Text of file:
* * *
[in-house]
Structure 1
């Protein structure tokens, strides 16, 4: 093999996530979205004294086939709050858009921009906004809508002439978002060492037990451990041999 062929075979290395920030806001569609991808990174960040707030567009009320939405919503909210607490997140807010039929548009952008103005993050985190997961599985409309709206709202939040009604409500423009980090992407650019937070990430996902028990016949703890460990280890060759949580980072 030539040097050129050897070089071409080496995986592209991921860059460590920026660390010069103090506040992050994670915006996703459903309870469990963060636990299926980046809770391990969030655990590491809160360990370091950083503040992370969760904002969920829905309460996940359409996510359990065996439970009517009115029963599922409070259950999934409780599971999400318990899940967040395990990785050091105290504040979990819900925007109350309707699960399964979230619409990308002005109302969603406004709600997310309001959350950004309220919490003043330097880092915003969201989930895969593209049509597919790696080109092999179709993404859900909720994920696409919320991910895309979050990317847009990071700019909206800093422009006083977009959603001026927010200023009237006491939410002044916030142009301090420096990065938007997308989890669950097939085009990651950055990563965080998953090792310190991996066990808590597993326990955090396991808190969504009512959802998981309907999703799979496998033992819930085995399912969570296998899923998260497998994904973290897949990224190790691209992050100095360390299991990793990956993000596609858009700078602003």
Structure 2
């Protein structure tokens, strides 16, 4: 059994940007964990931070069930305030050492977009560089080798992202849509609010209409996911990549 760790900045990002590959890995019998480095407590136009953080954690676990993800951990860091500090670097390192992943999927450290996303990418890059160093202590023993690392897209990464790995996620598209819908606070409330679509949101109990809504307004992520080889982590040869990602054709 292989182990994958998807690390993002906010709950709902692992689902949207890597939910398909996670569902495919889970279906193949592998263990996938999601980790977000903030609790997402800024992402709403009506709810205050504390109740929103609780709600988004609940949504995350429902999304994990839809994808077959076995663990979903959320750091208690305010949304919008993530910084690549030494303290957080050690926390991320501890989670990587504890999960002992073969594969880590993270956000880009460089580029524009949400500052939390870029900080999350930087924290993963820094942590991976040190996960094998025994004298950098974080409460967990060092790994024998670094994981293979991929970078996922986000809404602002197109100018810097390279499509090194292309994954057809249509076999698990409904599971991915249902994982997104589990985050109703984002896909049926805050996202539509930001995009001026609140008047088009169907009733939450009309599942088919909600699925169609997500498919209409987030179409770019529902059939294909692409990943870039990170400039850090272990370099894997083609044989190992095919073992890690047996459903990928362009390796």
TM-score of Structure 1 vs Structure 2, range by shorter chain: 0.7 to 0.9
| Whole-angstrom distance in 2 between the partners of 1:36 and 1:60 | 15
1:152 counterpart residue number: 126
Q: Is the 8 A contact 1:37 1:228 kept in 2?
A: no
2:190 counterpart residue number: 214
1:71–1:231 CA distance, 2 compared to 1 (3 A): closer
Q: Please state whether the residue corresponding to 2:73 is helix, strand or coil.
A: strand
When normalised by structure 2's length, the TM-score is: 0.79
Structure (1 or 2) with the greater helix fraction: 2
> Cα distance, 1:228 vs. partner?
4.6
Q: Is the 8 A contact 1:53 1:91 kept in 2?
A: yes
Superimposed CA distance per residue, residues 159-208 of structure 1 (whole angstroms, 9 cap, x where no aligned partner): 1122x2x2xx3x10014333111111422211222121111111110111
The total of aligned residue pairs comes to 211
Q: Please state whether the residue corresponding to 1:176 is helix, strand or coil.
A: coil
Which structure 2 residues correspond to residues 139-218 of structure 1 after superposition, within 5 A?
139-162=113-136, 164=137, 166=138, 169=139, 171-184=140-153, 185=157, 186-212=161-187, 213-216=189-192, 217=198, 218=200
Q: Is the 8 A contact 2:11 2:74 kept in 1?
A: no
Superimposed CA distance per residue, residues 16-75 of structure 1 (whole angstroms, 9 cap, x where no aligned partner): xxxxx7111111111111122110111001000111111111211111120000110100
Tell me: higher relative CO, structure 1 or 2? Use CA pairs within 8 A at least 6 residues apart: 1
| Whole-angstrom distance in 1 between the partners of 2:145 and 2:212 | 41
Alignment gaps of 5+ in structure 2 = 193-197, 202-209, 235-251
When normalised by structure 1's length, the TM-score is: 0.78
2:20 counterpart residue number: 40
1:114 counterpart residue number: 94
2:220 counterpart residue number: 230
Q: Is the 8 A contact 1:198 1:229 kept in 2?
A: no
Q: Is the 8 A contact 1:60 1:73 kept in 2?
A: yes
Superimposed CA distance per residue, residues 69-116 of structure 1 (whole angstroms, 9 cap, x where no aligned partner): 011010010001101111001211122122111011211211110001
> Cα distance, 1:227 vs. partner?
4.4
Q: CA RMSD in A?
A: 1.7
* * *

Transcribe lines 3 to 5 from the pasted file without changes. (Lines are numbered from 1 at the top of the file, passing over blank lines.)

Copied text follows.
């Protein structure tokens, strides 16, 4: 093999996530979205004294086939709050858009921009906004809508002439978002060492037990451990041999 062929075979290395920030806001569609991808990174960040707030567009009320939405919503909210607490997140807010039929548009952008103005993050985190997961599985409309709206709202939040009604409500423009980090992407650019937070990430996902028990016949703890460990280890060759949580980072 030539040097050129050897070089071409080496995986592209991921860059460590920026660390010069103090506040992050994670915006996703459903309870469990963060636990299926980046809770391990969030655990590491809160360990370091950083503040992370969760904002969920829905309460996940359409996510359990065996439970009517009115029963599922409070259950999934409780599971999400318990899940967040395990990785050091105290504040979990819900925007109350309707699960399964979230619409990308002005109302969603406004709600997310309001959350950004309220919490003043330097880092915003969201989930895969593209049509597919790696080109092999179709993404859900909720994920696409919320991910895309979050990317847009990071700019909206800093422009006083977009959603001026927010200023009237006491939410002044916030142009301090420096990065938007997308989890669950097939085009990651950055990563965080998953090792310190991996066990808590597993326990955090396991808190969504009512959802998981309907999703799979496998033992819930085995399912969570296998899923998260497998994904973290897949990224190790691209992050100095360390299991990793990956993000596609858009700078602003």
Structure 2
């Protein structure tokens, strides 16, 4: 059994940007964990931070069930305030050492977009560089080798992202849509609010209409996911990549 760790900045990002590959890995019998480095407590136009953080954690676990993800951990860091500090670097390192992943999927450290996303990418890059160093202590023993690392897209990464790995996620598209819908606070409330679509949101109990809504307004992520080889982590040869990602054709 292989182990994958998807690390993002906010709950709902692992689902949207890597939910398909996670569902495919889970279906193949592998263990996938999601980790977000903030609790997402800024992402709403009506709810205050504390109740929103609780709600988004609940949504995350429902999304994990839809994808077959076995663990979903959320750091208690305010949304919008993530910084690549030494303290957080050690926390991320501890989670990587504890999960002992073969594969880590993270956000880009460089580029524009949400500052939390870029900080999350930087924290993963820094942590991976040190996960094998025994004298950098974080409460967990060092790994024998670094994981293979991929970078996922986000809404602002197109100018810097390279499509090194292309994954057809249509076999698990409904599971991915249902994982997104589990985050109703984002896909049926805050996202539509930001995009001026609140008047088009169907009733939450009309599942088919909600699925169609997500498919209409987030179409770019529902059939294909692409990943870039990170400039850090272990370099894997083609044989190992095919073992890690047996459903990928362009390796």